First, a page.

What’s the point of getting offended on Mother’s Day?

I’m not easily offended so usually I shrug it off when someone categorizes me based on a stereotype.

I spent many years working closely with old Vermont farmers. Most of these guys were every kind of –ist you could think of… sexist, ageist, weightist.

And they’d say anything. To your face. They’d think nothing of calling you a girl because you were young and a woman, a big girl if you were young, a woman and overweight.

But it never bothered me because I considered the source. I figured that was their upbringing, the society in which they were steeped. Their parents, grandparents and great grandparents all subscribed to the same biases and when you barely leave the farm, how are you going to learn differently?

It doesn’t make it right, and it’s probably ignoble or cowardly of me, but I figure it’s going to take a lot more than one person saying that their actions are unacceptable to change them.

And I feel that way about most of the –isms I run up against.

Maybe it would be different if I faced real adversity, if racism were a part of my everyday existence or sexism prevented me from a good career, but the little bit of prejudice I experience (which is so small I hesitate to even call it prejudice. It’s more like stupidity) isn’t worth getting worked up about.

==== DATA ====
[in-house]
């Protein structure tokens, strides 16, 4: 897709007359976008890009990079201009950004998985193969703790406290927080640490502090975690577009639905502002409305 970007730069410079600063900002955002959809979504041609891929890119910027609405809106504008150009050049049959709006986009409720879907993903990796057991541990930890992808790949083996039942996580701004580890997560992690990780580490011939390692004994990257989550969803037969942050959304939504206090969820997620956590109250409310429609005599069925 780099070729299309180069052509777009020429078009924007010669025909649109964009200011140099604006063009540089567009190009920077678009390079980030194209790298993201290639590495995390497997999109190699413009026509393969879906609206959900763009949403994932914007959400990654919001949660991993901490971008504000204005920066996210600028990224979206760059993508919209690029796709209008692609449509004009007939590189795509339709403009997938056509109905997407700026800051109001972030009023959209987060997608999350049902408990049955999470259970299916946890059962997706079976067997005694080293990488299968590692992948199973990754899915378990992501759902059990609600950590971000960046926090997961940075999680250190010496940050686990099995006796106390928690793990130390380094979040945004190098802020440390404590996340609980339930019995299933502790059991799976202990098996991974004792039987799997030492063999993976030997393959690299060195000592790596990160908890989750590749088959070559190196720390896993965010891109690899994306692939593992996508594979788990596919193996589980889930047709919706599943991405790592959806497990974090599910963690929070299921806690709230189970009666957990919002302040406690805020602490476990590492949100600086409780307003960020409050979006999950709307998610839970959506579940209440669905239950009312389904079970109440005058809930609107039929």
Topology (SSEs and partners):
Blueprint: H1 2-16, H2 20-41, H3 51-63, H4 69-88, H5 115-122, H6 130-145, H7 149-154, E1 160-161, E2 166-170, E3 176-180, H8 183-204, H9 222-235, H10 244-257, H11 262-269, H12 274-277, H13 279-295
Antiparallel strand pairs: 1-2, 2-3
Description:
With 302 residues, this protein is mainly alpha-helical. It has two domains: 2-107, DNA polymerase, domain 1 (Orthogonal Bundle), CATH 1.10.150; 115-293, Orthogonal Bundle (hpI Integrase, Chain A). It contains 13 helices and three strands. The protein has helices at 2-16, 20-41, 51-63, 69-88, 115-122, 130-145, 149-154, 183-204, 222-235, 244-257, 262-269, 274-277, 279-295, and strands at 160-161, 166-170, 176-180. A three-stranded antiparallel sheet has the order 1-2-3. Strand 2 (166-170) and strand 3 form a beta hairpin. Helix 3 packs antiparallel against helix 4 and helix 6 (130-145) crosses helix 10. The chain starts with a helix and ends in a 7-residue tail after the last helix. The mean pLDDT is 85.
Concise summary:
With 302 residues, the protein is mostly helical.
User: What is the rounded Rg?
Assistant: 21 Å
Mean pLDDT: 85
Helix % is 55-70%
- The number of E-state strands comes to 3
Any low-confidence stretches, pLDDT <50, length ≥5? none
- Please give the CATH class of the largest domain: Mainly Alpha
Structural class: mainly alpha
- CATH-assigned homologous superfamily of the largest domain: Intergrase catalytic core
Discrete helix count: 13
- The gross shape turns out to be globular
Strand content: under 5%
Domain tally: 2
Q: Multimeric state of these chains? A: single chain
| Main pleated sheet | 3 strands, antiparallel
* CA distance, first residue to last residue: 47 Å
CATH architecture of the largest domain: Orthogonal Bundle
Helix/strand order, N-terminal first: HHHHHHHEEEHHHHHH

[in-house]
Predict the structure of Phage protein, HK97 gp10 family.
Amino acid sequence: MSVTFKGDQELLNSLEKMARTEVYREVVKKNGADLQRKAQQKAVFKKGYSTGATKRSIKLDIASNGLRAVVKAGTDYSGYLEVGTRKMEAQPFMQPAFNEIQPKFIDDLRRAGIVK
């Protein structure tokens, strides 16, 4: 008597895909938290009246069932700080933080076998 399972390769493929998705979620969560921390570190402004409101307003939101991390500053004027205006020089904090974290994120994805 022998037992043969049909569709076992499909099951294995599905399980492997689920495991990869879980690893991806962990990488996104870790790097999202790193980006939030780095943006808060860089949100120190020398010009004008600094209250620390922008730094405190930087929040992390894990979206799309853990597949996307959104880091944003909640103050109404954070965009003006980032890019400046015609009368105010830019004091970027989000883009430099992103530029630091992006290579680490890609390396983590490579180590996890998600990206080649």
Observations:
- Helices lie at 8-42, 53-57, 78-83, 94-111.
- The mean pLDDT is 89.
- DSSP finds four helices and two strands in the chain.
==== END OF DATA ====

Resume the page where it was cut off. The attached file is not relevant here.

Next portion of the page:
That’s why I don’t understand single, childless women who get offended when people wish them a happy mother’s day.

I didn’t even know this was a thing until I read a couple of blog posts in which these women were complaining. The authors said that being wished a happy mother’s day made them feel like less of a woman or made them feel badly that they didn’t have children.

The fact that there is no “childless woman’s day” on the calendar should be a clue to these women about societal expectations and the uselessness of whining about it.

While women’s rights have progressed in leaps and bounds, there is still a prevalent belief that a woman is supposed to have children.

She can do great things in the sciences, business, the arts, medicine and literature, but she should also be a mother. If not, there is probably something wrong with her.

I can’t tell you how many times a business associate has asked me if I have children within a few minutes of meeting. Maybe they are looking for common ground, but it’s also just a safe assumption that a woman in her thirties or forties is going to have at least one kid. It’s the norm. It’s expected.

So if society is constantly telling us all women should be mothers, what good does it do to pitch a fit when someone wishes a non-mom a happy day? It’s not going to change anything.

I don’t have children but that doesn’t prevent me from saying thank you when someone assumes, based on my age and gender, that I am a mother on a day specifically designated to celebrate moms.

Just take the well wishes and consider the source.


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